With just under a week until November’s election, the Montgomery County Green Party registered three write-in candidates to run for seats on the County Council, offering voters another choice at the polls.
Woody Caceres, Esther Lazarowitz and Howard Zuses registered with the Maryland Board of Elections prior to the Oct 16 deadline as write-in candidates in County Council Districts 2, 3 and 4 respectively. All three, who join at-large Green Party candidate Tim Willard, will challenge sitting council members, with Caceres facing Craig Rice (D), Lazarowitz facing Sidney Katz (D), and Zuses facing Nancy Navarro (D).
Caceres also faces Republican nominee Ed Amatetti.
Under Maryland law, candidates can have write-in status if they file a Certificate of Candidacy, Statement or Organization, and financial disclosure statements by the Wednesday before the election if their campaign expenditures are less than $51. If a candidate’s expenditures exceed $51, the deadline is seven days before the election.
Woody Caceres (District 2)
Caceres, 30, gave securing a better future for his kids and the next generation as a reason for entering the race for the County Council.
“From the perspective of a parent, for me it’s important to do what I can in nurturing the generation that will determine the future [and] also empowering the people in politics that are being neglected, abandoned and not represented by the system,” he said.
Caceres, who lives in Gaithersburg and works in construction, explained that he plans to pursue policies to create a sustainable environment and improve the county’s education system.
Working as a hip-hop artist, he plans to expand arts education, saying, “Art has a deep connection to how your consciousness develops.”
“The current curriculum doesn’t seem to be inclusive across the board,” he added. “It seems to be the people inside, that are making the decisions, conform to what they know instead of allowing themselves to expand their view and absorb knowledge from the outside to continue growing and developing as an educator,”
From his observations, Caceres explained that police misconduct tends to go unreported in District 2 – recalling an incident when he was detained, pushed to the ground and searched for having a suspended driver’s license due to late child-support payments.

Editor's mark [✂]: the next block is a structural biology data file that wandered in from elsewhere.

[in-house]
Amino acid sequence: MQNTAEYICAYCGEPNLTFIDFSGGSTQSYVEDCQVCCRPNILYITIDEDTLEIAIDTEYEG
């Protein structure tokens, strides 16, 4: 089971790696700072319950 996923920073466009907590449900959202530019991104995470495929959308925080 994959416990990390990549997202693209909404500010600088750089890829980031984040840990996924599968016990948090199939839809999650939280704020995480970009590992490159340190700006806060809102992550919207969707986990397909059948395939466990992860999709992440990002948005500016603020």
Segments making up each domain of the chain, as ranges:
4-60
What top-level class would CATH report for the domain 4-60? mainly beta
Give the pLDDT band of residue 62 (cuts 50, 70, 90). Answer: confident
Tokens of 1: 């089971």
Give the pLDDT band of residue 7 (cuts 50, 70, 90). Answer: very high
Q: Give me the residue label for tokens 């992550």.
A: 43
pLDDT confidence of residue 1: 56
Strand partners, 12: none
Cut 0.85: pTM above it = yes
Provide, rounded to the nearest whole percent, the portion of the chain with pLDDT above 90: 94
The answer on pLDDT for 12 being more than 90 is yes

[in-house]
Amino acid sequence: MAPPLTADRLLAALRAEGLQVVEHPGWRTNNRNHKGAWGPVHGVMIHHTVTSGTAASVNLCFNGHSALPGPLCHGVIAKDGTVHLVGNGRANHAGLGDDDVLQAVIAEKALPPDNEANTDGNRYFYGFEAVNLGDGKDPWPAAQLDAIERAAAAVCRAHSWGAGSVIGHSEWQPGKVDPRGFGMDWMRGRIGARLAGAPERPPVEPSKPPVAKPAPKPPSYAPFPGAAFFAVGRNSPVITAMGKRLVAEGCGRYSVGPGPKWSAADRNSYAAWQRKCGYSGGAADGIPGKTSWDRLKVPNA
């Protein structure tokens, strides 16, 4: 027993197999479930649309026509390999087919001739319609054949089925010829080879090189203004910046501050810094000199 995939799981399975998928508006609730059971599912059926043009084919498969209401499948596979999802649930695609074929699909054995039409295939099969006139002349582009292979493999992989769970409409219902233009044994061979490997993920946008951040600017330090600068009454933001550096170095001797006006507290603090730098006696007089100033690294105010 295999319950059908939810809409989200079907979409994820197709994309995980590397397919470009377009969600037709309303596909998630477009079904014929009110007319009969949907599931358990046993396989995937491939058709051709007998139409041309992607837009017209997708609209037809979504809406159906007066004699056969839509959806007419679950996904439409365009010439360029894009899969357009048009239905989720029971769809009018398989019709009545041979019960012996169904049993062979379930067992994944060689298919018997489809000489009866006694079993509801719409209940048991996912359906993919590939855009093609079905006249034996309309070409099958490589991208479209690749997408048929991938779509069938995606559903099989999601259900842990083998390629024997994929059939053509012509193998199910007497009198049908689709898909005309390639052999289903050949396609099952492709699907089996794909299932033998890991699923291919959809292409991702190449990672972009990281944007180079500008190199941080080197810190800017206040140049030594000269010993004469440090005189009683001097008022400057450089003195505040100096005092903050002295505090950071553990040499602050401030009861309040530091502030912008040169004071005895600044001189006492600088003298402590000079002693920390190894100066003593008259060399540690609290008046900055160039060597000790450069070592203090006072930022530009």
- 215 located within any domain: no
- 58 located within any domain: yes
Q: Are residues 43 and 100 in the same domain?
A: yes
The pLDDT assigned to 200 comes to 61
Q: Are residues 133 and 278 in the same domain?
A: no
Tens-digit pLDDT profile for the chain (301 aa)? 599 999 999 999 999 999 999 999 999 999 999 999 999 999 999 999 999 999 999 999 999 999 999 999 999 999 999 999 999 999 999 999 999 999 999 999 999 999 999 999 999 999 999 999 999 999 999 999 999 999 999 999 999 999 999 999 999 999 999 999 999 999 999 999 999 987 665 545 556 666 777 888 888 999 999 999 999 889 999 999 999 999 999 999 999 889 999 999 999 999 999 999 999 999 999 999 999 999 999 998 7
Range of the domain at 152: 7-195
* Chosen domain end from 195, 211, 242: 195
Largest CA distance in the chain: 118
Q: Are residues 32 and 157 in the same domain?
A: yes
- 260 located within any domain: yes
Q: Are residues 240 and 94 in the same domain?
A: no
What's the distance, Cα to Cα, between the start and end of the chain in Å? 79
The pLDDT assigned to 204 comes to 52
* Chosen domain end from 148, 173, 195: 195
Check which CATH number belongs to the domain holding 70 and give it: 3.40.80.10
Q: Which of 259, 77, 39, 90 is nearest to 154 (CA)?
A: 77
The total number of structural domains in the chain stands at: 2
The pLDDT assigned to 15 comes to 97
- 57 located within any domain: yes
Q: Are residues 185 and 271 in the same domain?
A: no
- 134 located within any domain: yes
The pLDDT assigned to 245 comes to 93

“Seeing [police officers] go unchecked and having free reign to do as they please without any checks or balances,” is an issue, Caceres said, he would pursue if elected.
Esther Lazarowitz (District 3)
As an educator, Lazarowitz thought of the future for the county’s children when entering the race for a County Council seat, adding that she “has a hard time looking them in the eye and giving them faith that our local government is working for us.”
“Something must be done to have some our basic concerns and needs addressed,” she added. “Because of the overcrowding of our schools and our area, we have a hard time getting clean water, clean air, and good food to eat.”
Lazarowitz, 56, a para-educator who teaches students with learning disabilities, said she plans on addressing educational costs, school overcrowding, classroom staffing, and other educational inequities.
Outside of education, her other priorities include implementing a living wage, expanding bicycle infrastructure, encouraging organic farming, improving hazardous waste management, and incentivizing environmental sustainability in residential homes.
Concerned about property tax increases, the Derwood resident said she would “gladly forgo a salary for a year,” if elected, adding “that’s how strongly I feel about lowering property taxes and pushing back developers.”
Howard Zuses (District 4)
Owning a farm in Ashton, Zuses, 61, said he is running for the County Council, primarily following his experiences with the county government.
“As a taxpayer, as a citizen, and as a resident of the county, and as someone who’s done business here … I just think we can do a better job,” Zuses said in a phone interview. “We’ve got essentially a one-party government in Montgomery County, and I don’t think that’s healthy for democracy.”
During his tenure as a business manager at the Sandy Spring Friends School, a Quaker private school in Sandy Spring, Zuses said he discovered the school spent extra money to build additional facilities, adding “a lot of it had to do with the way regulations are enforced” rather than the regulations themselves.
Elaborating on the experience, Zuses said the county’s dual-permitting system, in which the Department of Permitting Services handles building codes while the Washington Suburban Sanitary Commission handles plumbing, forces residents to “pull separate permits in separate locations from separate viewers.”
“My solution would be to bring together the people who are affected on both sides of things, both the people who work for the county currently and [are] responsible for enforcement … and for the people on the construction side,” he added.
As a farmer, the longtime Ashton resident explained that the county could do more to help the local agricultural industry, saying, “There needs to be a process by which everybody recognizes [that] that it’s harder to do agriculture in Maryland.”
Zuses added that he also plans to address transportation and education, saying the gridlock remains and decades-old school issues remain unaddressed.
“My basic approach is to say, ‘I don’t have specific policies that I’m running to implement.’ My approach is to say, ‘I think we’re not paying enough attention to one another,’” he explained. “What we need to be doing is we need to be bringing together folks to have honest forthright discussions about what needs to happen and how it can happen.”
Caceres, Lazarowtiz and Zuses will also join District 18 House of Delegates candidate Jon Cook and District 19 State Senate candidate David Jeang as a series of Green Party candidates across the County.
The election is Nov. 6.